By Julia Munemo Photo by Brad Wakoff
A photo of volunteers clearing debris out buckets of debris from streams in Hopkins Forest.
Volunteers spent a day in August clearing tons of sediment out of the weirs of Hopkins Forest’s Birch Brook.

Marco Vallejos ’20 was working as a lab assistant for the geosciences department a few summers ago when he was recruited to help out with Weir Day. He joined 20 other Williams volunteers—students, faculty and staff—on a hot August day, hiking into Hopkins Memorial Forest carrying shovels, buckets and spring scales to clear tons of sediment out of the weirs of the Birch Brook.

The weirs are low dams with a v-notch in their center. Built in 1936 by the Civilian Conservation Corps to help measure the flow of water, they are still in use today. But so much sediment accumulates around them over the course of a year that the instruments used to measure the water get buried. So volunteers gather for Weir Day each summer to clean them out.

Vallejos enjoyed his experience both for the camaraderie and because it clarified his academic path. “Spending a few hours knee-deep in cold water on a hot summer day with a shovel in hand cannot be beat,” he says. “I spent the day talking with upperclassmen and professors, and those conversations swayed me into a geosciences major even more than my summer lab work.”

The volunteers’ efforts help keep the 2,600-acre reserve pristine and maintain its relatively undisturbed ecosystems. Faculty and students use Hopkins Forest as a laboratory to conduct research of all kinds, from studies about the population dynamics of the invasive garlic mustard plant to understanding the migration patterns of Northern Saw-whet Owls.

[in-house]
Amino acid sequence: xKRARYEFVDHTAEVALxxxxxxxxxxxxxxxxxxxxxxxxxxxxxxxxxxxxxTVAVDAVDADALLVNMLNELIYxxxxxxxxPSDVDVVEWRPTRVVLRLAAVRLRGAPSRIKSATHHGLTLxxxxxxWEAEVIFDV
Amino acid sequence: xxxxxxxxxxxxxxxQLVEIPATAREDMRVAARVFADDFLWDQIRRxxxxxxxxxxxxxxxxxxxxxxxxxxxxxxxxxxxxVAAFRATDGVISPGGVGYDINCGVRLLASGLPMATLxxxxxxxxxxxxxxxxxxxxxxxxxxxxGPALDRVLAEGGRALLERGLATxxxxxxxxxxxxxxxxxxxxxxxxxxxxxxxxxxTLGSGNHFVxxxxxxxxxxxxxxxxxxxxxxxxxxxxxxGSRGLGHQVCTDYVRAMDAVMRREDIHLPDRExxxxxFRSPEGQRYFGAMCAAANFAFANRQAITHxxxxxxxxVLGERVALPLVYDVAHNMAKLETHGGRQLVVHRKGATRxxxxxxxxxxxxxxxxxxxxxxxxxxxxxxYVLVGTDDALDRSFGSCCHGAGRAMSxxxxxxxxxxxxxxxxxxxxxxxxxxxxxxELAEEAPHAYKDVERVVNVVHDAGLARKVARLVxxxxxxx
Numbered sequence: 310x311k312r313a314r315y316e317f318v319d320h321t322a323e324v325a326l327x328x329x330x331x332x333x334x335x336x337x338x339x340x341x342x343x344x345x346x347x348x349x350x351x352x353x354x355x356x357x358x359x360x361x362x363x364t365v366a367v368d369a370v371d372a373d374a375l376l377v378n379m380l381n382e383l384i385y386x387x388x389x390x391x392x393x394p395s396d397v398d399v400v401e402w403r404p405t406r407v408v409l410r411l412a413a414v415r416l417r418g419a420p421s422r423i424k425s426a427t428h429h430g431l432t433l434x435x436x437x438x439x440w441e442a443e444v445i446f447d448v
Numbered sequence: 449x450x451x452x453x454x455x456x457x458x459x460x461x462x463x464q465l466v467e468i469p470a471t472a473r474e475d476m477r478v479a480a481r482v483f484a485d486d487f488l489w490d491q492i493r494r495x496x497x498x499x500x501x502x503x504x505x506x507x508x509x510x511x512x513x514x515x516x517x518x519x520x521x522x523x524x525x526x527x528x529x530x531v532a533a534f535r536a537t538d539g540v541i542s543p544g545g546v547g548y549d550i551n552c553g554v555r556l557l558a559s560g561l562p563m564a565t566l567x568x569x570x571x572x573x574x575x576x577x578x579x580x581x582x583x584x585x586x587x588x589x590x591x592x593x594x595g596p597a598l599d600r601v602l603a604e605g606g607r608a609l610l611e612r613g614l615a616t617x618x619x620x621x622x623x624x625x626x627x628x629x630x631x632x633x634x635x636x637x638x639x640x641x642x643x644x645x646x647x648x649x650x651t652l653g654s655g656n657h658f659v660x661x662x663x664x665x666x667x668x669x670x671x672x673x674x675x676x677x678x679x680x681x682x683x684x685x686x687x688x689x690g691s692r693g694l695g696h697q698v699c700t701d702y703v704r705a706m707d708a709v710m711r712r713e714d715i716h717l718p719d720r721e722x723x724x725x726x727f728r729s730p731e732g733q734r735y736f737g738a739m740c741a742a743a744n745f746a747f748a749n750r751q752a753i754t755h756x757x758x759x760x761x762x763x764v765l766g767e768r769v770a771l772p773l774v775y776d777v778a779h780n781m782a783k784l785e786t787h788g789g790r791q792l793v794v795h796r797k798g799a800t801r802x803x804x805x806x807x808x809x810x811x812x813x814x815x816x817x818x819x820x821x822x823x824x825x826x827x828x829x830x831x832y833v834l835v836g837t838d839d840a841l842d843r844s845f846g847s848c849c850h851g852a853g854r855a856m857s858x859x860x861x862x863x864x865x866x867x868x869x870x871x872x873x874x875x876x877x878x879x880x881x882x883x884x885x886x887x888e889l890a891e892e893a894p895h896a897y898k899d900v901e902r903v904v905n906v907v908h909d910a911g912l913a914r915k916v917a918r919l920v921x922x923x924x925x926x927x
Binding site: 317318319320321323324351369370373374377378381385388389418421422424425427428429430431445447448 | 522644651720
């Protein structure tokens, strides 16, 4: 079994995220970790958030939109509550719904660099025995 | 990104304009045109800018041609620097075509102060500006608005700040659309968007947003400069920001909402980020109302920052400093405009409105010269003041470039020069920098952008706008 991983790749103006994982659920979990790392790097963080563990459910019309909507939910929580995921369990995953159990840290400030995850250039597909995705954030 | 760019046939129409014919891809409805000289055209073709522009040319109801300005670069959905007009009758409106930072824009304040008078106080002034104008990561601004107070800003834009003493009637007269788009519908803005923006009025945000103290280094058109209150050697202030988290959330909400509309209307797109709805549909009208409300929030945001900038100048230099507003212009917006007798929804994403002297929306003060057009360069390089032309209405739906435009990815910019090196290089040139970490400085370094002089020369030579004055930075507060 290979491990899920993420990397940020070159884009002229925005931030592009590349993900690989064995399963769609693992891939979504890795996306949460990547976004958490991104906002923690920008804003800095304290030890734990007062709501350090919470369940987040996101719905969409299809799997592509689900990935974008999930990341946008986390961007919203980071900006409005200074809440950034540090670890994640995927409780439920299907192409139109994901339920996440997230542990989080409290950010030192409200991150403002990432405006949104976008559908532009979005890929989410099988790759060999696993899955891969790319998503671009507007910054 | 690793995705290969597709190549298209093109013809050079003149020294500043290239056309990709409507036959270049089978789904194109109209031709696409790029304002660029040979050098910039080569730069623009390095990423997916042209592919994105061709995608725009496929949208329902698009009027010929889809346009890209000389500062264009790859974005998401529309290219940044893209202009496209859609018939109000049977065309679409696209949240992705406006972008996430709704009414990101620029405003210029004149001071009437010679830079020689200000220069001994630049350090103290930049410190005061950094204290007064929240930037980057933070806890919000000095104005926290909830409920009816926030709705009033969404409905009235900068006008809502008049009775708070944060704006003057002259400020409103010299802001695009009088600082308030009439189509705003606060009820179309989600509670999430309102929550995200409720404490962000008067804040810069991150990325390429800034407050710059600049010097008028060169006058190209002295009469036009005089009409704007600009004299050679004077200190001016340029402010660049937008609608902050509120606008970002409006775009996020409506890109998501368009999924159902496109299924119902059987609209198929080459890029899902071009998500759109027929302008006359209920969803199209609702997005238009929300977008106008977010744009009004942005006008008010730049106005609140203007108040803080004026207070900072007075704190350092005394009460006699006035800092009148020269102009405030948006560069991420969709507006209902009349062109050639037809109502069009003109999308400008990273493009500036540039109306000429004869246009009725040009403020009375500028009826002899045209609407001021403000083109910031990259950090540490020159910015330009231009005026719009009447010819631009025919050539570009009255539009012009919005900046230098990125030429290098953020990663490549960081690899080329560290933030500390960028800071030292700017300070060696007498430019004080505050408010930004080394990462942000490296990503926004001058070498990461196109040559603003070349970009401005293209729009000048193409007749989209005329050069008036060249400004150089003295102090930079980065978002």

Emeritus professor of geosciences David Dethier has used the forest for his research in hydrology, geomorphology and geochemistry for more than 30 years. He was instrumental in starting Weir Day, and he and his colleague Jay Racela, who supervises the Environmental Analysis Lab, keep track of the data that come from the work clearing, sorting and weighing sediment.

Typically the volunteers remove about four metric tons of rocks and organic material. Storms and other factors can increase the amount of sediment; in 2013, volunteers needed two days to clear out what turned out to be 25 metric tons.

Recently Dethier and Racela collaborated with Scott Weiman ’14, who participated in Weir Day as a student and now manages a lab at the NASA Goddard Space Flight Center. They studied three decades of chemical data collected at Hopkins Forest’s weirs and weather stations. “Our work shows that the Clean Air Act is having results,” Dethier says. “While acid rain did have an impact on the streams, recovery is now taking place.” The team will publish its work in the journal Hydrological Processes this winter.

Morgan Dauk ’21, who plans to major in biology and environmental studies, volunteered for Weir Day this past summer. “I felt the experience is likely similar to what I will encounter in a research-based career path someday,” she says.

Adds Vallejos, who has volunteered every year since he was first recruited, “Weir Day provides a respite to a summer filled with academia. It should not be missed.”